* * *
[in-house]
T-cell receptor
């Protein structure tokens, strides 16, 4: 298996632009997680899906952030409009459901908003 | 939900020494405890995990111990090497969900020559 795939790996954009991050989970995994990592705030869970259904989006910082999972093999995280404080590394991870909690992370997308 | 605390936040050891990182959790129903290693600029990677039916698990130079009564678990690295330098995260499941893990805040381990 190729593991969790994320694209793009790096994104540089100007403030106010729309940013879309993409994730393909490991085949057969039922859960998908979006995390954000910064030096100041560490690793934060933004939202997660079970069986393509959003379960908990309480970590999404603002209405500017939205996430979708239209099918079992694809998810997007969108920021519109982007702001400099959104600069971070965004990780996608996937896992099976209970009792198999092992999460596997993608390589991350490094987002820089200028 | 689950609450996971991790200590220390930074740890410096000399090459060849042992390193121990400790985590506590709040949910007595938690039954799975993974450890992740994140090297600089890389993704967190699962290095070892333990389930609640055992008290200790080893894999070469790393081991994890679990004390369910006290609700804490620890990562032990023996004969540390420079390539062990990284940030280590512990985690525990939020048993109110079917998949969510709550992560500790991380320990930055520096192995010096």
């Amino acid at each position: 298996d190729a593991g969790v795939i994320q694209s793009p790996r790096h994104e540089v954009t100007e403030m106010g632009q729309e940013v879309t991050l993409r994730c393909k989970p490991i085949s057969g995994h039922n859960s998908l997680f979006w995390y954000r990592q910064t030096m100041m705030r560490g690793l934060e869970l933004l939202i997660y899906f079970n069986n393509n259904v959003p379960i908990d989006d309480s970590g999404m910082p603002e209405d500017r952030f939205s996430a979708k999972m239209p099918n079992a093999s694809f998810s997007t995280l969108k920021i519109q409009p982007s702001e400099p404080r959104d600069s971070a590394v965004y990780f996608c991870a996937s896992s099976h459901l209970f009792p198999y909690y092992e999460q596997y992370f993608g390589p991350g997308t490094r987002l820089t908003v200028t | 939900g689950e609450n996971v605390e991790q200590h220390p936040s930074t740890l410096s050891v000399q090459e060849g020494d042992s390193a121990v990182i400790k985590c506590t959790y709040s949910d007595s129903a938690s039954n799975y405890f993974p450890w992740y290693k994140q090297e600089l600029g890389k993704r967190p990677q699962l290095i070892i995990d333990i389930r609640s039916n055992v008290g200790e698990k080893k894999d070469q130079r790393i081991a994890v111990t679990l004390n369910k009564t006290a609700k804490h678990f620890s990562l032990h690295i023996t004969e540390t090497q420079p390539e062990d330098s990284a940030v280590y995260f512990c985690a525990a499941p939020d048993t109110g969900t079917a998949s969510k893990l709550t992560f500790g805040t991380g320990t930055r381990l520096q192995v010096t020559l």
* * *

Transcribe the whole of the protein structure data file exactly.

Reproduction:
[in-house]
T-cell receptor
């Protein structure tokens, strides 16, 4: 298996632009997680899906952030409009459901908003 | 939900020494405890995990111990090497969900020559 795939790996954009991050989970995994990592705030869970259904989006910082999972093999995280404080590394991870909690992370997308 | 605390936040050891990182959790129903290693600029990677039916698990130079009564678990690295330098995260499941893990805040381990 190729593991969790994320694209793009790096994104540089100007403030106010729309940013879309993409994730393909490991085949057969039922859960998908979006995390954000910064030096100041560490690793934060933004939202997660079970069986393509959003379960908990309480970590999404603002209405500017939205996430979708239209099918079992694809998810997007969108920021519109982007702001400099959104600069971070965004990780996608996937896992099976209970009792198999092992999460596997993608390589991350490094987002820089200028 | 689950609450996971991790200590220390930074740890410096000399090459060849042992390193121990400790985590506590709040949910007595938690039954799975993974450890992740994140090297600089890389993704967190699962290095070892333990389930609640055992008290200790080893894999070469790393081991994890679990004390369910006290609700804490620890990562032990023996004969540390420079390539062990990284940030280590512990985690525990939020048993109110079917998949969510709550992560500790991380320990930055520096192995010096």
């Amino acid at each position: 298996d190729a593991g969790v795939i994320q694209s793009p790996r790096h994104e540089v954009t100007e403030m106010g632009q729309e940013v879309t991050l993409r994730c393909k989970p490991i085949s057969g995994h039922n859960s998908l997680f979006w995390y954000r990592q910064t030096m100041m705030r560490g690793l934060e869970l933004l939202i997660y899906f079970n069986n393509n259904v959003p379960i908990d989006d309480s970590g999404m910082p603002e209405d500017r952030f939205s996430a979708k999972m239209p099918n079992a093999s694809f998810s997007t995280l969108k920021i519109q409009p982007s702001e400099p404080r959104d600069s971070a590394v965004y990780f996608c991870a996937s896992s099976h459901l209970f009792p198999y909690y092992e999460q596997y992370f993608g390589p991350g997308t490094r987002l820089t908003v200028t | 939900g689950e609450n996971v605390e991790q200590h220390p936040s930074t740890l410096s050891v000399q090459e060849g020494d042992s390193a121990v990182i400790k985590c506590t959790y709040s949910d007595s129903a938690s039954n799975y405890f993974p450890w992740y290693k994140q090297e600089l600029g890389k993704r967190p990677q699962l290095i070892i995990d333990i389930r609640s039916n055992v008290g200790e698990k080893k894999d070469q130079r790393i081991a994890v111990t679990l004390n369910k009564t006290a609700k804490h678990f620890s990562l032990h690295i023996t004969e540390t090497q420079p390539e062990d330098s990284a940030v280590y995260f512990c985690a525990a499941p939020d048993t109110g969900t079917a998949s969510k893990l709550t992560f500790g805040t991380g320990t930055r381990l520096q192995v010096t020559l």